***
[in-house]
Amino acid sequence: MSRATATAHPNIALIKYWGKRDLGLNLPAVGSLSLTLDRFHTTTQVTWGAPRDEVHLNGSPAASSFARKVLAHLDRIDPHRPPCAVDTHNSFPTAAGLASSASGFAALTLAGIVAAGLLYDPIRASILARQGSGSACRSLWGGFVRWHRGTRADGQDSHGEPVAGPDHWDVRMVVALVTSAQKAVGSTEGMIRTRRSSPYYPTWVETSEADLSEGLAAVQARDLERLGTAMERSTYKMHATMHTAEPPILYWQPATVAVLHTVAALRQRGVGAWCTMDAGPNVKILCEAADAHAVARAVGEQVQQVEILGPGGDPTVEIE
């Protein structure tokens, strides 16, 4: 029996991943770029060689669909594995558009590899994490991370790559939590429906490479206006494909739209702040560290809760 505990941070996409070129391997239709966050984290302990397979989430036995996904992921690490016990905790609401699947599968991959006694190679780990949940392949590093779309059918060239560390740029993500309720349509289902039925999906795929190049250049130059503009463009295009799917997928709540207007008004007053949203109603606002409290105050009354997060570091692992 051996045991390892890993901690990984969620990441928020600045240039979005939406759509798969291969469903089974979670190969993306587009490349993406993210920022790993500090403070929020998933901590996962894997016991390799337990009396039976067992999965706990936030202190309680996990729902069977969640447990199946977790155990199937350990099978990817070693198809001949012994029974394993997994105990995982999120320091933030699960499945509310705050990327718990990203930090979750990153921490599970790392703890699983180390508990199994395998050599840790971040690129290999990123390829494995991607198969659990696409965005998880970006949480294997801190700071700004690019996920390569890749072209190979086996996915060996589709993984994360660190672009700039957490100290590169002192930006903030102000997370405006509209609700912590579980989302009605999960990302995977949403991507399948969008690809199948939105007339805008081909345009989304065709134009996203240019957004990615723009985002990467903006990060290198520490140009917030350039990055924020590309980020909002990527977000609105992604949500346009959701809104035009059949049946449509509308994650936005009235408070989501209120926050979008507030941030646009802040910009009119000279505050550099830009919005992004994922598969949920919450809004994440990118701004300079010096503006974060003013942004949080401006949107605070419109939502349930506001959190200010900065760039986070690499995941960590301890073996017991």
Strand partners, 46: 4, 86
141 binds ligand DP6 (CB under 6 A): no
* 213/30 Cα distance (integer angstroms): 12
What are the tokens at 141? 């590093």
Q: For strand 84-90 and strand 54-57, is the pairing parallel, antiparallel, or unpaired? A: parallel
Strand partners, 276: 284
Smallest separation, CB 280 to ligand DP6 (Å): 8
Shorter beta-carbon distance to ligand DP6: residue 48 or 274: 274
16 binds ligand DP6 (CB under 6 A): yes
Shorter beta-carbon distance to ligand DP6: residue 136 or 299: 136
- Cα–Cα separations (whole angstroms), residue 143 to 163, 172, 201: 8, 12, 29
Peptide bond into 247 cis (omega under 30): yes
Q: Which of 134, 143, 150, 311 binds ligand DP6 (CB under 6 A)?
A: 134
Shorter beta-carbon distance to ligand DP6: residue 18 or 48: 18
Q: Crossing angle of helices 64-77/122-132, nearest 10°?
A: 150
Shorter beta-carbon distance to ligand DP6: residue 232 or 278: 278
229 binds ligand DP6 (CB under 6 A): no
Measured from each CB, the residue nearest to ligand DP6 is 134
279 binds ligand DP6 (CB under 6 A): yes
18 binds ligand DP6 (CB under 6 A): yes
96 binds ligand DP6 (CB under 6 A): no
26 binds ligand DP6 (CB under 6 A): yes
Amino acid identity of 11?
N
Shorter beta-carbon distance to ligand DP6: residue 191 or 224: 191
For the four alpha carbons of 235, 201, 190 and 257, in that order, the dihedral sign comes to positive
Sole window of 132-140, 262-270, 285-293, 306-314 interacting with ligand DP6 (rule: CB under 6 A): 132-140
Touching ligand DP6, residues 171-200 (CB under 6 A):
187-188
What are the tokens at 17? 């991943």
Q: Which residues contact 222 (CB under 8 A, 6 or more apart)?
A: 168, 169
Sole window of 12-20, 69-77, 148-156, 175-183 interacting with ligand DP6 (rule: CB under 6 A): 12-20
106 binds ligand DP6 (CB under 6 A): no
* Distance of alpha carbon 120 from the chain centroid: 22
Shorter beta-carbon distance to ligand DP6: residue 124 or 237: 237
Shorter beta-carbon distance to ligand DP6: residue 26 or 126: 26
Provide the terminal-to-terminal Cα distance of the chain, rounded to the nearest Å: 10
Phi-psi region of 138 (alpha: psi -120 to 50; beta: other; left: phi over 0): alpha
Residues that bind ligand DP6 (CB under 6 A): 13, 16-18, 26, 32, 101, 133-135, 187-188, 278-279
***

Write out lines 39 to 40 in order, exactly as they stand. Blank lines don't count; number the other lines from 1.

106 binds ligand DP6 (CB under 6 A): no
* Distance of alpha carbon 120 from the chain centroid: 22